Monday, February 07, 2011, 12:00PM - 1:00PM
National Center for Atmospheric Research (NCAR)
Seasonal predictions of Arctic sea ice have typically been based on statistical regression models or on results from ensemble ice model forecasts driven by historical atmospheric forcing. However, in the rapidly changing Arctic environment, the predictability characteristics of summer ice cover could undergo important transformations. Here global coupled climate model simulations are used to assess the changing role of predictors for end of summer Arctic ice cover.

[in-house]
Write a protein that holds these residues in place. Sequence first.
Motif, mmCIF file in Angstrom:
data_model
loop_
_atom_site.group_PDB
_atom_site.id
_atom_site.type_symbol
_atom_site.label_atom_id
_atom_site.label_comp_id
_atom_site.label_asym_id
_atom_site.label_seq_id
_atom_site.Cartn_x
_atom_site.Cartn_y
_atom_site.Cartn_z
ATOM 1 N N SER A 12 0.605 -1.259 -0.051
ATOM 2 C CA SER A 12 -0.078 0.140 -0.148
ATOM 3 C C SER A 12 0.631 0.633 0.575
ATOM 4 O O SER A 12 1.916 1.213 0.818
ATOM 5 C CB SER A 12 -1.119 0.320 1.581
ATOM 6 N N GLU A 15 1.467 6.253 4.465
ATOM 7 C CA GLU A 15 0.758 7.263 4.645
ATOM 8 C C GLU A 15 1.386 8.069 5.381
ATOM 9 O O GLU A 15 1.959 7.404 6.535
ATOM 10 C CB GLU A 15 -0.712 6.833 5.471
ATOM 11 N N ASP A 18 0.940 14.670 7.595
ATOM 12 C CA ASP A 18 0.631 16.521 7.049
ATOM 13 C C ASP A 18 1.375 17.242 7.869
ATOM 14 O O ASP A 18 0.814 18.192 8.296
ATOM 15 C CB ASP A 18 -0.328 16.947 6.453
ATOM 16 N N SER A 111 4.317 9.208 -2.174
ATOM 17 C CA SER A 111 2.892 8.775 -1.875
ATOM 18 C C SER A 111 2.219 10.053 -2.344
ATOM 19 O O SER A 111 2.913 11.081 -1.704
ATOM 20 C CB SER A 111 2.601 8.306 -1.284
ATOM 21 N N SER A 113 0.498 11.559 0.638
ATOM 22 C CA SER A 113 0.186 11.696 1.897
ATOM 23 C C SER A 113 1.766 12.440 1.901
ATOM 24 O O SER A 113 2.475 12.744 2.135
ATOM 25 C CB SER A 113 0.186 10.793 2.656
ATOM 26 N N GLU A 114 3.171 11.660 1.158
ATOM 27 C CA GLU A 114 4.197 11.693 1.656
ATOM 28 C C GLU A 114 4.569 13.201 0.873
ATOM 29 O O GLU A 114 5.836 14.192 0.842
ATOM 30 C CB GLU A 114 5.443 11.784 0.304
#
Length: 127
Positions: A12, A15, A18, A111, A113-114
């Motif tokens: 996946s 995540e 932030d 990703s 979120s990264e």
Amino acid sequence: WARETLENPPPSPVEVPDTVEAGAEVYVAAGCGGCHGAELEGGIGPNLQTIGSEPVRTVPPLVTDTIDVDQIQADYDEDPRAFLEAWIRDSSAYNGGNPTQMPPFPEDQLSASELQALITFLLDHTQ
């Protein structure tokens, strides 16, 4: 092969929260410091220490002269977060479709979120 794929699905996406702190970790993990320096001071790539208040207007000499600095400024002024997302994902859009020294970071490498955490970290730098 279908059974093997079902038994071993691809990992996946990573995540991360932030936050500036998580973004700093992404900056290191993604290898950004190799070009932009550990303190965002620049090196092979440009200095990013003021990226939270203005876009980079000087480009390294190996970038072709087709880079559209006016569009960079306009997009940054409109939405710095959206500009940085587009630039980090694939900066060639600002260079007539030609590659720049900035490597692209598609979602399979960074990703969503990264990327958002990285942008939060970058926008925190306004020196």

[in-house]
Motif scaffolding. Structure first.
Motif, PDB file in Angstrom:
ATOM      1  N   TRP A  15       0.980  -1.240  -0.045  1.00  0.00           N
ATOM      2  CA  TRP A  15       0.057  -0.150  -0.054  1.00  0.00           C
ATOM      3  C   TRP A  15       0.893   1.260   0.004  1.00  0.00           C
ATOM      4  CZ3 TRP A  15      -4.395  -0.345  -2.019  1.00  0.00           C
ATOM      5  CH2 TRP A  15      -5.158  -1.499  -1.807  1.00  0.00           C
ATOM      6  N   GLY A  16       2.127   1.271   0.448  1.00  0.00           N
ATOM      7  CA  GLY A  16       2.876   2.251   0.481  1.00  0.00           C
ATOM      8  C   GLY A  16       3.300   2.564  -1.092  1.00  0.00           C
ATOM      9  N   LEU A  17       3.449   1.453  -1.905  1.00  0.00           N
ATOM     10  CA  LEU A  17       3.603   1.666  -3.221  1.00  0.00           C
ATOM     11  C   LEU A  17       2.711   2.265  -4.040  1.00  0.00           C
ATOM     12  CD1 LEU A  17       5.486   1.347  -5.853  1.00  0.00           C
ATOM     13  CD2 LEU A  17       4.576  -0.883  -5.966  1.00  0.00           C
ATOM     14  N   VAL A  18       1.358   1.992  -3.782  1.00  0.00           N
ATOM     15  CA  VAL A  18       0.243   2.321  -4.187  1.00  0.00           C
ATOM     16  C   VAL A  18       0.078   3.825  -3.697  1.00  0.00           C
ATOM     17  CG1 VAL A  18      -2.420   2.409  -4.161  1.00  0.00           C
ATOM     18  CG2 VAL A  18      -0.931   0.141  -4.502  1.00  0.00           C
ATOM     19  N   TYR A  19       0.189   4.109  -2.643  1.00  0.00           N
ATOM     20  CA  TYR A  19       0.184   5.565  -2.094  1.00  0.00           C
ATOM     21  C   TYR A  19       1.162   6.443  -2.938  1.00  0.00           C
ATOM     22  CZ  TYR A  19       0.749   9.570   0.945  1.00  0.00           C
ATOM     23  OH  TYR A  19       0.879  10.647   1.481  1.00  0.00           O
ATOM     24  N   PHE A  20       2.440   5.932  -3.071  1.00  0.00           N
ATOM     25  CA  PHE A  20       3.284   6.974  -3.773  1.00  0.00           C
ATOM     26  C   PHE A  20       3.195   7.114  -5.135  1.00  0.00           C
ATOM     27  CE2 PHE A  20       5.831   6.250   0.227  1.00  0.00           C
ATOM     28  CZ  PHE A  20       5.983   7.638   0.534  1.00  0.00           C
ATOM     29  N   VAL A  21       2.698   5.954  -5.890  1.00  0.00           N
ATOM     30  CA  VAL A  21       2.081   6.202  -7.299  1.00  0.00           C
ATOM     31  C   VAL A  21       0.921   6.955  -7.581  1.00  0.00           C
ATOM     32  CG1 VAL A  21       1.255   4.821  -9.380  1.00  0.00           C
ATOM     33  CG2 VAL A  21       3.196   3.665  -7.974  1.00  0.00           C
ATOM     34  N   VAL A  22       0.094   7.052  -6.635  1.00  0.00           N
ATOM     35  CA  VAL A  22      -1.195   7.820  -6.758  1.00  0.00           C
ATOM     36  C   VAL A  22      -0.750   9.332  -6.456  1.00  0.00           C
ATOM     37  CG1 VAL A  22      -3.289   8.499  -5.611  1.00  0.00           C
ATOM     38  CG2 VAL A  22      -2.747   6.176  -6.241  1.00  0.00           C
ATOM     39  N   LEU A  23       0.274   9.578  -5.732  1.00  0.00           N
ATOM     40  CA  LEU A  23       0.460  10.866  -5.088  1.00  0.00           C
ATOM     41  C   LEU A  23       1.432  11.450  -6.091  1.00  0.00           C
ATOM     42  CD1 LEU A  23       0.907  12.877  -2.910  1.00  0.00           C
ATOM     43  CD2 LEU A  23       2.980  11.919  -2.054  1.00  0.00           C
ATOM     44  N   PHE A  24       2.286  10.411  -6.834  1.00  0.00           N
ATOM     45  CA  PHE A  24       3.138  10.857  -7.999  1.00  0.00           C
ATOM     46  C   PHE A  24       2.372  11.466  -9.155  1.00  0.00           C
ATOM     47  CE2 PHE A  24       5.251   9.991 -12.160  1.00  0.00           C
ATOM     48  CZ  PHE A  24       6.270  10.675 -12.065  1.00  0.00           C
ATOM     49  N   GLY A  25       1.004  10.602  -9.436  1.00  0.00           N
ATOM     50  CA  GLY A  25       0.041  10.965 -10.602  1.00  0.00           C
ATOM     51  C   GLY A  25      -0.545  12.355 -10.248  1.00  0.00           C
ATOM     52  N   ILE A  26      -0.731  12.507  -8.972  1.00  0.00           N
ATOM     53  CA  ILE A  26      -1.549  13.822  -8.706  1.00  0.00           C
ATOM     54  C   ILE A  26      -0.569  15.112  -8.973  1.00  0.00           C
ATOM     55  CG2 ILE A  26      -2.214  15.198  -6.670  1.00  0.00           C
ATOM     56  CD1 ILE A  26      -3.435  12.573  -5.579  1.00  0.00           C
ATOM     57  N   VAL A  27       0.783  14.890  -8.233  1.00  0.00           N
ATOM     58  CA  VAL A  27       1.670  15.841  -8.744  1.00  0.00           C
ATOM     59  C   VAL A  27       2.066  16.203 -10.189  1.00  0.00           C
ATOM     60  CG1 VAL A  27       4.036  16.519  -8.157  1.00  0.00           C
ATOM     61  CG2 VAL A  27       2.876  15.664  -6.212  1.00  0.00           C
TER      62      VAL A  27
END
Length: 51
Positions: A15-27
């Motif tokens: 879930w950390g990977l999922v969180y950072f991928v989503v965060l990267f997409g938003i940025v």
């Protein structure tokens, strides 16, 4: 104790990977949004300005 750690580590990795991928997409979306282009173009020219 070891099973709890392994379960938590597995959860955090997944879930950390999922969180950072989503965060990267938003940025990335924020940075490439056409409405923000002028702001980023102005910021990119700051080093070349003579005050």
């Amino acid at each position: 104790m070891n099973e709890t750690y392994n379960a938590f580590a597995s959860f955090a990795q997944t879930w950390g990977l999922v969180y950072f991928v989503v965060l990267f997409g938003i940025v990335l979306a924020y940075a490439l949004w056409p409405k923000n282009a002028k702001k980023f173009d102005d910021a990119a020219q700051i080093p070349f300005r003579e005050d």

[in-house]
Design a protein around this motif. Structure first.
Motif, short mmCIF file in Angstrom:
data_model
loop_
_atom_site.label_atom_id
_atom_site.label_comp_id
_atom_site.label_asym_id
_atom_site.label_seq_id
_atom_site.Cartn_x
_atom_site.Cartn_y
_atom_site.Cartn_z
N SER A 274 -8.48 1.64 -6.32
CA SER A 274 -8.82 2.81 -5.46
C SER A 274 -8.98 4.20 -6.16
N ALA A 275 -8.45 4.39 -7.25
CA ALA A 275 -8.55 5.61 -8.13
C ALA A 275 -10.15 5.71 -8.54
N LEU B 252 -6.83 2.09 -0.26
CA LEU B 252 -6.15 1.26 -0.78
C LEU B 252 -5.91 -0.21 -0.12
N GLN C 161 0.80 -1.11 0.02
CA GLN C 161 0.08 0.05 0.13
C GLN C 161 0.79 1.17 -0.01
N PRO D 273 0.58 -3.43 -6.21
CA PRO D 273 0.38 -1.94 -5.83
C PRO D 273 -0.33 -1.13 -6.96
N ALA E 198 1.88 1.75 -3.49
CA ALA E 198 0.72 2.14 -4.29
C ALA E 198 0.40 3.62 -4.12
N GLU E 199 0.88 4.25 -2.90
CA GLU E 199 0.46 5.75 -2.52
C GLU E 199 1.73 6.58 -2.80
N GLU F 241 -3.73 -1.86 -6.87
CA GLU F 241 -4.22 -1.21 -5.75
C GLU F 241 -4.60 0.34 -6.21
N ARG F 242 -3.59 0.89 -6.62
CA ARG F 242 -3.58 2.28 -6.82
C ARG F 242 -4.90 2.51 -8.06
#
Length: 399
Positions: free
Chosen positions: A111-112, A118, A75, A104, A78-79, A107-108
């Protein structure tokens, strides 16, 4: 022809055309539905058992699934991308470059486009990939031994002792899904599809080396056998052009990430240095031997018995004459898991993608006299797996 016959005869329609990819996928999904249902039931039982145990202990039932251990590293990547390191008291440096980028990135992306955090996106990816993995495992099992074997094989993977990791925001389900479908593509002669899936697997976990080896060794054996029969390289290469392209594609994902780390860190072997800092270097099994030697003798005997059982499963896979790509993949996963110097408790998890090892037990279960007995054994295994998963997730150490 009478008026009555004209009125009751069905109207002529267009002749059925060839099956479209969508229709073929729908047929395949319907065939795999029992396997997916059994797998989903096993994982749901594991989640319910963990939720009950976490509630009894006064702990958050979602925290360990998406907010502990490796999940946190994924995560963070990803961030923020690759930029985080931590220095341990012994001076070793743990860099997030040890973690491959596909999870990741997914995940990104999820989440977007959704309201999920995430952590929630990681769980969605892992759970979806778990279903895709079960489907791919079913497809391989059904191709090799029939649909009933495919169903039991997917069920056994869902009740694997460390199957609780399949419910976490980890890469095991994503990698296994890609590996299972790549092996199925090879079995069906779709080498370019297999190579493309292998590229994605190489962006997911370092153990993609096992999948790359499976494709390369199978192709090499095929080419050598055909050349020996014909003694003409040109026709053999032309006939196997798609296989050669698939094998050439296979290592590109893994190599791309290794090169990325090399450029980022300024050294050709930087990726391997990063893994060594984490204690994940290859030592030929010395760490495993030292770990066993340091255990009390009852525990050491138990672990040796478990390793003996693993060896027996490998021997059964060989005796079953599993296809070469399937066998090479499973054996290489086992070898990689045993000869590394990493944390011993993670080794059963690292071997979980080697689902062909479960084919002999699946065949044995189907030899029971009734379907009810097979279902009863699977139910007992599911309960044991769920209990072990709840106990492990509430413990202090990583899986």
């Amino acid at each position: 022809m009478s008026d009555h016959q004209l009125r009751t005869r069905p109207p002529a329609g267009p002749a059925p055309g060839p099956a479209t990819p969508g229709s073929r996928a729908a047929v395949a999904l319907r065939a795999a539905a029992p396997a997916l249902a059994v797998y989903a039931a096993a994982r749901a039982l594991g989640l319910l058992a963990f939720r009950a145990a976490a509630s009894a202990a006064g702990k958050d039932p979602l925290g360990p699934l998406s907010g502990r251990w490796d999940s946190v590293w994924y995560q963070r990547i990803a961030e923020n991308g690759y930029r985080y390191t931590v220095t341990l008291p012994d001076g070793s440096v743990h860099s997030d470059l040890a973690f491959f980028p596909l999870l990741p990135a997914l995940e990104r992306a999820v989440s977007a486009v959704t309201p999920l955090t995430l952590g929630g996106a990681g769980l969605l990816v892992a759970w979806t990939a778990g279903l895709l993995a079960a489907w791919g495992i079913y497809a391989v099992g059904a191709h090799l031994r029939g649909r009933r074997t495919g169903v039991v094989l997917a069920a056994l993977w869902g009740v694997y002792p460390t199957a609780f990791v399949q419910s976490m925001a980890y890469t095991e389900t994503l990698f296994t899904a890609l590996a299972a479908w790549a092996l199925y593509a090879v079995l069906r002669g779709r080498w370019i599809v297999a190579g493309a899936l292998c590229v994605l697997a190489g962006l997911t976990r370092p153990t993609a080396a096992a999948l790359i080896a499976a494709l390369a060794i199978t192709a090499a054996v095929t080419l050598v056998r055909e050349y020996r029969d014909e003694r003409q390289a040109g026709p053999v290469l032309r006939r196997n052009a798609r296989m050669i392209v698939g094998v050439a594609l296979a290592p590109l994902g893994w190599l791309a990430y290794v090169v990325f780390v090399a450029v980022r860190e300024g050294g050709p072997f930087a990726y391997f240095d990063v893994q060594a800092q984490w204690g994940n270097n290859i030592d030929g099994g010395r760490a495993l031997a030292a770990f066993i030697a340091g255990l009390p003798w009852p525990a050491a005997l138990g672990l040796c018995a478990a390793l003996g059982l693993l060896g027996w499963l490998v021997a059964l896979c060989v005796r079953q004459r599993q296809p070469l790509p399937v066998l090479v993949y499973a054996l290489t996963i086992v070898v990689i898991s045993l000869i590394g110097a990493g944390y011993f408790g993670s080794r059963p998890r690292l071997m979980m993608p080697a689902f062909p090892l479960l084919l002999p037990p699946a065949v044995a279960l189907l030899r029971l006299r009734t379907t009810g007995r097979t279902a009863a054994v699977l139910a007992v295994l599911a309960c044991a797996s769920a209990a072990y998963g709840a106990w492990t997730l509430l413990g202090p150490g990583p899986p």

Additional model experiments are run to investigate the inherent predictability of Arctic sea ice conditions on seasonal to interannual timescales. The role of preconditioning of the ice cover versus intrinsic variations in determining sea ice conditions is examined using ensemble experiments initialized in January with identical ice-ocean-terrestrial conditions. Three sets of initial conditions are employed to determine the role of changing climate conditions for sea ice predictability characteristics. Finally, the sources of uncertainty for predictability on longer (decadal-century) timescales is discussed.